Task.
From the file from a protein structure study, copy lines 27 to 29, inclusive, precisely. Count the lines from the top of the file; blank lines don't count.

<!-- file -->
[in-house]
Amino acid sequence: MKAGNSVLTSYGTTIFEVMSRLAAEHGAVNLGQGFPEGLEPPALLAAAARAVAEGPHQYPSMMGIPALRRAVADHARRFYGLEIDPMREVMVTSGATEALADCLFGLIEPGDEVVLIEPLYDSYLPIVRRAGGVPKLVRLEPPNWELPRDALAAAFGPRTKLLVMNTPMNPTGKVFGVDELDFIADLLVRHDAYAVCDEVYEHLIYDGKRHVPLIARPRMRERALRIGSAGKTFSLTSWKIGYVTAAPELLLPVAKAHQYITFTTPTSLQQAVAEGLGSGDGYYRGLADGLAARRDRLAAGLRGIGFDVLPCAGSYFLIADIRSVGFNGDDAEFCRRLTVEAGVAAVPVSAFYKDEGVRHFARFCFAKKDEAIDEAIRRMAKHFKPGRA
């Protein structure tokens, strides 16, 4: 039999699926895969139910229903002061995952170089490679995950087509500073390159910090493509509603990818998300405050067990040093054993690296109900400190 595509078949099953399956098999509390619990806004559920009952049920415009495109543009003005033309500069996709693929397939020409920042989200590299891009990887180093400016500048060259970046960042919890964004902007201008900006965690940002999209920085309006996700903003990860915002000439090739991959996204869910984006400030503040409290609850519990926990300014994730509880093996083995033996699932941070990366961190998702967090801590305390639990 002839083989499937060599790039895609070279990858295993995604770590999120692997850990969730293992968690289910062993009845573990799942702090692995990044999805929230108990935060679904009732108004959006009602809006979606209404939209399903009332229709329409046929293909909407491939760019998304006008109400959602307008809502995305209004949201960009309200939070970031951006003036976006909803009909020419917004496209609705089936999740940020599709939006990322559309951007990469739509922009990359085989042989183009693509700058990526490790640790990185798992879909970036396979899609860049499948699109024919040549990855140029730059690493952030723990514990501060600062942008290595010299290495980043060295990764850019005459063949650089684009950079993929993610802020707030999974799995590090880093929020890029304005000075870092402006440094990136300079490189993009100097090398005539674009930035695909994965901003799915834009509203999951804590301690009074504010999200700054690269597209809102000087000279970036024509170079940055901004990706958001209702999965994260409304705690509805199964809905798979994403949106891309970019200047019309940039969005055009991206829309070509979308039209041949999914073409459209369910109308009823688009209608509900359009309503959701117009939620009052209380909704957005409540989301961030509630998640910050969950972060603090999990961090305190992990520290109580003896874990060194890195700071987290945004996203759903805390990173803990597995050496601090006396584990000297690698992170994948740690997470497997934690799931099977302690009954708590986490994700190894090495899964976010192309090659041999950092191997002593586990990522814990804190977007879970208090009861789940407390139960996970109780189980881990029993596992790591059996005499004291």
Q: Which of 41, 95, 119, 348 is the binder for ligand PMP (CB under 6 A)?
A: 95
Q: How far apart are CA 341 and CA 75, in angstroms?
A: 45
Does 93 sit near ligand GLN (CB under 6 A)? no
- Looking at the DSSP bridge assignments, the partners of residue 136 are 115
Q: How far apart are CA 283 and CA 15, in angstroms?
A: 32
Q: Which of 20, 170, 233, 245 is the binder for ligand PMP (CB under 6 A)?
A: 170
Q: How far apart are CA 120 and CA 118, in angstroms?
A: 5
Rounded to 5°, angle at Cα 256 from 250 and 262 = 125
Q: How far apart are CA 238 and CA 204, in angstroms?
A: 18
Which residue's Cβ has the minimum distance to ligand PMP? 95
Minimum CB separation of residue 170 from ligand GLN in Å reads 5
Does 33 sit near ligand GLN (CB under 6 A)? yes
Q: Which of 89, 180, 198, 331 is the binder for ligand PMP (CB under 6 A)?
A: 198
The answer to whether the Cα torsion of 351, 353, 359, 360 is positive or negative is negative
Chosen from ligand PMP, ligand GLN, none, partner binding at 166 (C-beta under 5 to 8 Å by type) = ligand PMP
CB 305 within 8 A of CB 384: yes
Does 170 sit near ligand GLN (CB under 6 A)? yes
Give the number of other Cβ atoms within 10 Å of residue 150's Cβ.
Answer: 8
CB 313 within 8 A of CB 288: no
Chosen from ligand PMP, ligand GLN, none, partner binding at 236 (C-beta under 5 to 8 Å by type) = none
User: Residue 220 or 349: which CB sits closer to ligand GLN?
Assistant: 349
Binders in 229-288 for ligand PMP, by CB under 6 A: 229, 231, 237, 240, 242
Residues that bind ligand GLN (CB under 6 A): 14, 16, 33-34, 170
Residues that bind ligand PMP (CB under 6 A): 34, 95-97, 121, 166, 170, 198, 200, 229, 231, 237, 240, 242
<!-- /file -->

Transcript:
Does 170 sit near ligand GLN (CB under 6 A)? yes
Give the number of other Cβ atoms within 10 Å of residue 150's Cβ.
Answer: 8